How to TRAIN A DOG to NOT chase chickens? HELP! asap

Discussion in 'Other Pets & Livestock' started by chickenbarn-gal, Jun 2, 2011.

  1. dainerra

    dainerra Crowing

    3,595
    553
    276
    Jun 4, 2011
    this is the method that I use

    Find the closest distance that the dog first notices the birds in the brooder.  This might be in another room if he is one to constantly glance at the door.    Put your dog on leash and get some extra special treats that he only gets for this work - bacon, grilled chicken (no spices!), hot dog chunks, etc.     When the dog glances toward the birds, say his name and "leave it"    If he looks at you, give him a treat - if he doesn't, give a light pop on the leash (think tap on the shoulder).  When he looks at you reward him.  
    You can also teach him "watch me" the same way.   You can practice this at random times though out the day.   If you have a couple extra minutes while you're watching TV or whatever, just say his name, pause, "watch me"   When he makes eye contact, then reward him.    You can also (if you get in the habit of keeping a small treat in your pockets) catch him looking towards you say "watch me" and then reward.  Or just praise him verbally.
     
    Once the dog is reliably paying attention to you and the birds at a distance, move a little bit closer.   If he absolutely blows you off, you're too close.  Just back up a bit and begin again.   Eventually you will be right amongst the birds.    You can then start at a distance or with a long line (20' leash or so) and work from there.    I never ever leave my dogs/chickens loose unattended together.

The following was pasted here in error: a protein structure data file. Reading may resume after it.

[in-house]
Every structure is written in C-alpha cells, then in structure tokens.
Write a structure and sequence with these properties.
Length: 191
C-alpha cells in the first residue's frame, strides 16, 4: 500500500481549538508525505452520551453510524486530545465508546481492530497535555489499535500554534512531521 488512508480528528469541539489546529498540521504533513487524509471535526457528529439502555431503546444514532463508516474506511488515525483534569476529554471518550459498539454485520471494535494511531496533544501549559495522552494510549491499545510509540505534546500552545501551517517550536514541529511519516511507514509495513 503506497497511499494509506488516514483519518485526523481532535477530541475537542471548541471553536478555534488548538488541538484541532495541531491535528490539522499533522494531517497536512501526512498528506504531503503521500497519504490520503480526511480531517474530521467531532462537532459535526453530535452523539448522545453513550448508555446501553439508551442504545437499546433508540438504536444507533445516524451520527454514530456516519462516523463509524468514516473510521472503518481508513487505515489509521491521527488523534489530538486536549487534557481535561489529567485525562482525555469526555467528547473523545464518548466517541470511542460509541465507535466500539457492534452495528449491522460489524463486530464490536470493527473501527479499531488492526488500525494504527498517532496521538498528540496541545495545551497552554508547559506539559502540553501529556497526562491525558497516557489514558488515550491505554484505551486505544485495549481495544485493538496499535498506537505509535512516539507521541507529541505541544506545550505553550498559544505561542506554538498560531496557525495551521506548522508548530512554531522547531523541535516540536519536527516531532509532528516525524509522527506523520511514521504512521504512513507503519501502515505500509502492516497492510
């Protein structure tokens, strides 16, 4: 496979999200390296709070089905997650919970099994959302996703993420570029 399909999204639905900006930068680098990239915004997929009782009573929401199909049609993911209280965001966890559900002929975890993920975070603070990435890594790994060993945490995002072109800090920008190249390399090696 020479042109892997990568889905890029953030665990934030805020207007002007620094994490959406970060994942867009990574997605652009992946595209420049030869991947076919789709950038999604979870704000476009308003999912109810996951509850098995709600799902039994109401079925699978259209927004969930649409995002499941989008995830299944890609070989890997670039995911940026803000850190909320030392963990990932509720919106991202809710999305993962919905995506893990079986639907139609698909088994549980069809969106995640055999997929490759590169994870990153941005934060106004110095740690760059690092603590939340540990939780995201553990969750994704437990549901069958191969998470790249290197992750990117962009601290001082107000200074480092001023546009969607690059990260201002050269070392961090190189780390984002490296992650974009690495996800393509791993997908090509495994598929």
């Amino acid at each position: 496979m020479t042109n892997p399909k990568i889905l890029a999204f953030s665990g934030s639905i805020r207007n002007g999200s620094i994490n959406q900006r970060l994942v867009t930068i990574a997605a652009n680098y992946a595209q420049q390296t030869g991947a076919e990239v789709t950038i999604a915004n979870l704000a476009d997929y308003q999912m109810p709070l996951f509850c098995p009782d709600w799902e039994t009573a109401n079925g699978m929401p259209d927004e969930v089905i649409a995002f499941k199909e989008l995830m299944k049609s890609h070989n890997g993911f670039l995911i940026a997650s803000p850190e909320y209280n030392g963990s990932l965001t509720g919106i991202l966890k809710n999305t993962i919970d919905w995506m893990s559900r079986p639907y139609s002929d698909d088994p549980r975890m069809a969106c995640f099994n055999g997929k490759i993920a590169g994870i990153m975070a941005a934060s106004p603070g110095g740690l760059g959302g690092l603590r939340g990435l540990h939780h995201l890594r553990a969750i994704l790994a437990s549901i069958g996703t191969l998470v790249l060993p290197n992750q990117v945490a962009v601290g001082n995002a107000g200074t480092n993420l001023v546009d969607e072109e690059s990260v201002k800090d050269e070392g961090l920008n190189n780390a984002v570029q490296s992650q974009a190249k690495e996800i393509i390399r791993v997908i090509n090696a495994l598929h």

I don't even trust Rayden
    [​IMG]

    I don't mean I constantly hover over the dogs when they are out with the birds, but I am in the area and aware of what they are doing.   Think of it as a small child.  Even though you've taught them not to play with matches, would you leave them alone in the house with matches scattered all over the floor?
     
    The most important part of the training is to set the dog up to succeed.   Don't give him a chance to chase the birds.  Don't give him a chance to disobey.  
     
    ETA:  The best thing about teaching "leave it" is that it works for everything.   Drop something on the floor and don't want the dogs to touch it?  "leave it"    See dog running toward a snake?  "leave it"     Lots of training and work, but it pays off!
    Of course, some dogs just can't be trusted off-leash.  Period.   They are just too focused on the birds.  In that case, just confine the dog when the birds are out.   
     
  2. Kaipos Mom

    Kaipos Mom Hatching

    2
    0
    6
    Apr 1, 2015
    Thank you for your response! This is what I have read elsewhere and am working on, though I think I have brought my dog too close too soon. I will back up a bit! :) Dana
     
  3. JadedPhoenix

    JadedPhoenix Songster

    1,211
    143
    216
    Oct 29, 2012
    Tyro-Lexington, NC
    Just know that with some dogs, no amount of training will make them trustworthy around your chickens. My previous dogs were awesome with my chickens. My current one only wants a chicken dinner every time he sees them no matter what amount of training has been done. He is and will always be my chickens' biggest predator. His prey drive is way too high, it overrides the training in point zero zero three seconds.
     
  4. bumblebird

    bumblebird In the Brooder

    33
    0
    34
    Mar 23, 2015
    This is so helpful.
     
  5. chookychooks2

    chookychooks2 Hatching

    1
    0
    6
    Aug 11, 2015
    Good to know you had success, I have a beagle but have been too scared to free range them around him, will try again with the down and treats this time. Great ideas for a question I have wanted to ask for a long time, thank you all [​IMG]
     
  6. MomMommyMamma

    MomMommyMamma Songster

    569
    24
    131
    Jun 13, 2010
    West Virginia